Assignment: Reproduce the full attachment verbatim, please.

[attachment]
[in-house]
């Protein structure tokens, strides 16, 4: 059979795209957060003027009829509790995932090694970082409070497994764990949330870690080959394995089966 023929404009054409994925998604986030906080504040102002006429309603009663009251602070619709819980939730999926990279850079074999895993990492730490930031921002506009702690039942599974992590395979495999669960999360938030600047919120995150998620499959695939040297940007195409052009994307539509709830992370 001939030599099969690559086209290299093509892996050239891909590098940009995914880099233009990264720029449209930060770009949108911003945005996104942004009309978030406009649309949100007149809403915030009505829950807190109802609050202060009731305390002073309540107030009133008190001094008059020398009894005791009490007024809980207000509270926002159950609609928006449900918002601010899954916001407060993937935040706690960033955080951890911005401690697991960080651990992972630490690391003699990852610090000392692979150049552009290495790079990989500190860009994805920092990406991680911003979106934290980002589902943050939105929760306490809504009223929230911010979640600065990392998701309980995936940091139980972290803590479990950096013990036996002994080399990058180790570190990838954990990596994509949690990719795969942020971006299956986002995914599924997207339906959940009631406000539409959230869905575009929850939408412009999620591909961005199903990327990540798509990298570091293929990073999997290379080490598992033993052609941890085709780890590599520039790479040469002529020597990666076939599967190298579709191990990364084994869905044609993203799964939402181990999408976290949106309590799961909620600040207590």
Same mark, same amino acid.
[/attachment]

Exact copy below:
[in-house]
């Protein structure tokens, strides 16, 4: 059979795209957060003027009829509790995932090694970082409070497994764990949330870690080959394995089966 023929404009054409994925998604986030906080504040102002006429309603009663009251602070619709819980939730999926990279850079074999895993990492730490930031921002506009702690039942599974992590395979495999669960999360938030600047919120995150998620499959695939040297940007195409052009994307539509709830992370 001939030599099969690559086209290299093509892996050239891909590098940009995914880099233009990264720029449209930060770009949108911003945005996104942004009309978030406009649309949100007149809403915030009505829950807190109802609050202060009731305390002073309540107030009133008190001094008059020398009894005791009490007024809980207000509270926002159950609609928006449900918002601010899954916001407060993937935040706690960033955080951890911005401690697991960080651990992972630490690391003699990852610090000392692979150049552009290495790079990989500190860009994805920092990406991680911003979106934290980002589902943050939105929760306490809504009223929230911010979640600065990392998701309980995936940091139980972290803590479990950096013990036996002994080399990058180790570190990838954990990596994509949690990719795969942020971006299956986002995914599924997207339906959940009631406000539409959230869905575009929850939408412009999620591909961005199903990327990540798509990298570091293929990073999997290379080490598992033993052609941890085709780890590599520039790479040469002529020597990666076939599967190298579709191990990364084994869905044609993203799964939402181990999408976290949106309590799961909620600040207590």
Same mark, same amino acid.